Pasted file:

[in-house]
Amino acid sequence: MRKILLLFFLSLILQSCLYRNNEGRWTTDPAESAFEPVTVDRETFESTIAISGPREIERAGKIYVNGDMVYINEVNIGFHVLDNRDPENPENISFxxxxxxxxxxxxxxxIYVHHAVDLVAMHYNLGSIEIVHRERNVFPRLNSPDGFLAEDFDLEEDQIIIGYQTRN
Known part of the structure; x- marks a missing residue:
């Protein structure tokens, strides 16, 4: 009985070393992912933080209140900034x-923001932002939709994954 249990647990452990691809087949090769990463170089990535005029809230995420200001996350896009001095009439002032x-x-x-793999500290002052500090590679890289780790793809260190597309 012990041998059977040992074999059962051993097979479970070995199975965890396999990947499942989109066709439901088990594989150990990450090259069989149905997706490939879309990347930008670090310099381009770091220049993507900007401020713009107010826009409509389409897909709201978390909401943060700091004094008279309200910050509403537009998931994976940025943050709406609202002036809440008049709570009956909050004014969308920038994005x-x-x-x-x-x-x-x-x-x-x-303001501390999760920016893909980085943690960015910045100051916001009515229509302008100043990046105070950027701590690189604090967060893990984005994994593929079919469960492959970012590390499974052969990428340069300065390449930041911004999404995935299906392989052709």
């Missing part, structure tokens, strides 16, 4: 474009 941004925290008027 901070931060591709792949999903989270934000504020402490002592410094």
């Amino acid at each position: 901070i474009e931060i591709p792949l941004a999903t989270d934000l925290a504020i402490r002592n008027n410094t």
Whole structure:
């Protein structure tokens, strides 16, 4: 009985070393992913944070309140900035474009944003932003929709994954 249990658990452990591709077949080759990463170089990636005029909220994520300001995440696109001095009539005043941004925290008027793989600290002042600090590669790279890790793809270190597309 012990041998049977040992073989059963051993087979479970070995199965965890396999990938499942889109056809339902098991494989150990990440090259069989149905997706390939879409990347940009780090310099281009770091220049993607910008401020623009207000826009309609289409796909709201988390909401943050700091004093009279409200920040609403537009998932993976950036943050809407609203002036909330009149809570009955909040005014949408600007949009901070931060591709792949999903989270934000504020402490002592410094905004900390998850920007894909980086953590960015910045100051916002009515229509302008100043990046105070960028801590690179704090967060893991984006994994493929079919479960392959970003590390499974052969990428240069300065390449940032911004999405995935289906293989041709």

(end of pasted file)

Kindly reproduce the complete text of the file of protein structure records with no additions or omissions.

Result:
[in-house]
Amino acid sequence: MRKILLLFFLSLILQSCLYRNNEGRWTTDPAESAFEPVTVDRETFESTIAISGPREIERAGKIYVNGDMVYINEVNIGFHVLDNRDPENPENISFxxxxxxxxxxxxxxxIYVHHAVDLVAMHYNLGSIEIVHRERNVFPRLNSPDGFLAEDFDLEEDQIIIGYQTRN
Known part of the structure; x- marks a missing residue:
């Protein structure tokens, strides 16, 4: 009985070393992912933080209140900034x-923001932002939709994954 249990647990452990691809087949090769990463170089990535005029809230995420200001996350896009001095009439002032x-x-x-793999500290002052500090590679890289780790793809260190597309 012990041998059977040992074999059962051993097979479970070995199975965890396999990947499942989109066709439901088990594989150990990450090259069989149905997706490939879309990347930008670090310099381009770091220049993507900007401020713009107010826009409509389409897909709201978390909401943060700091004094008279309200910050509403537009998931994976940025943050709406609202002036809440008049709570009956909050004014969308920038994005x-x-x-x-x-x-x-x-x-x-x-303001501390999760920016893909980085943690960015910045100051916001009515229509302008100043990046105070950027701590690189604090967060893990984005994994593929079919469960492959970012590390499974052969990428340069300065390449930041911004999404995935299906392989052709």
């Missing part, structure tokens, strides 16, 4: 474009 941004925290008027 901070931060591709792949999903989270934000504020402490002592410094």
């Amino acid at each position: 901070i474009e931060i591709p792949l941004a999903t989270d934000l925290a504020i402490r002592n008027n410094t």
Whole structure:
């Protein structure tokens, strides 16, 4: 009985070393992913944070309140900035474009944003932003929709994954 249990658990452990591709077949080759990463170089990636005029909220994520300001995440696109001095009539005043941004925290008027793989600290002042600090590669790279890790793809270190597309 012990041998049977040992073989059963051993087979479970070995199965965890396999990938499942889109056809339902098991494989150990990440090259069989149905997706390939879409990347940009780090310099281009770091220049993607910008401020623009207000826009309609289409796909709201988390909401943050700091004093009279409200920040609403537009998932993976950036943050809407609203002036909330009149809570009955909040005014949408600007949009901070931060591709792949999903989270934000504020402490002592410094905004900390998850920007894909980086953590960015910045100051916002009515229509302008100043990046105070960028801590690179704090967060893991984006994994493929079919479960392959970003590390499974052969990428240069300065390449940032911004999405995935289906293989041709």